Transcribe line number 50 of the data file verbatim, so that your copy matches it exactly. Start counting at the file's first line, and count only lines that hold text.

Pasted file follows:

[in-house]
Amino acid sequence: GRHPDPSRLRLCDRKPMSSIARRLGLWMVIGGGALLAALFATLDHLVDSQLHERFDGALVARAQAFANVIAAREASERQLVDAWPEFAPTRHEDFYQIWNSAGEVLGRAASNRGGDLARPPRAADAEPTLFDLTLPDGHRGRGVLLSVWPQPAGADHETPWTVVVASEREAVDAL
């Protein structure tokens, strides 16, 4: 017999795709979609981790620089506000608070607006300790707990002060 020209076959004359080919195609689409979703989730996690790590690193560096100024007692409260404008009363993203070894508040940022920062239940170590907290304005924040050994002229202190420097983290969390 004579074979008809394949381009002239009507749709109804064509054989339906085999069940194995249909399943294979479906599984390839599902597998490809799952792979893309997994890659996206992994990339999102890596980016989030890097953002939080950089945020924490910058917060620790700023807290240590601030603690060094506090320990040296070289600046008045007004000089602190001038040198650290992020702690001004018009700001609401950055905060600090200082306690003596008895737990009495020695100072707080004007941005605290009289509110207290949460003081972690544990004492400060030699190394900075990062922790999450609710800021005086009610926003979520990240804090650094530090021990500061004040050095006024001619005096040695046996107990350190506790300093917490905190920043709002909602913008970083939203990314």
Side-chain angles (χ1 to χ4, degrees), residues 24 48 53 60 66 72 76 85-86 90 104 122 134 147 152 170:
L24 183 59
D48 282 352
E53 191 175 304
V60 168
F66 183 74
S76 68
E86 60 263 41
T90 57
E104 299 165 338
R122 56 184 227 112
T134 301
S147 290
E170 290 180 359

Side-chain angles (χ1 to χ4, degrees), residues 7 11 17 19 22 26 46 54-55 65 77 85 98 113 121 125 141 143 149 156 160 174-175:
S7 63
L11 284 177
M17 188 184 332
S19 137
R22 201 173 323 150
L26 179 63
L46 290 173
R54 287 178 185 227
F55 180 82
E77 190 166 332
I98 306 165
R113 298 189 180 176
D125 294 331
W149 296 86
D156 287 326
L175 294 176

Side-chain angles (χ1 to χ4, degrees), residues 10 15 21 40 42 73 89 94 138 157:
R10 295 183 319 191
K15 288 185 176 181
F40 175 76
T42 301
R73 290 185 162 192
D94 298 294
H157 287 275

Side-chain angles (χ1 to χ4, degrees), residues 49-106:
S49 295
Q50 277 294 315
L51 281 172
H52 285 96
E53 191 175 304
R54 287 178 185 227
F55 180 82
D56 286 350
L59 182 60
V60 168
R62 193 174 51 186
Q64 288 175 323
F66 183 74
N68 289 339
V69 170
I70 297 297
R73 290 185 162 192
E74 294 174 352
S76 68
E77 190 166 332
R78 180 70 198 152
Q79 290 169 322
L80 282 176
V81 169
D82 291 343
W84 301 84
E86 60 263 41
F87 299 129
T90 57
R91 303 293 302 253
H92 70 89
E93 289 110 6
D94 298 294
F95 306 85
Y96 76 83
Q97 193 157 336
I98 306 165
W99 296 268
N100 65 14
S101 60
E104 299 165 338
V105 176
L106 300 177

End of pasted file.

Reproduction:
F55 180 82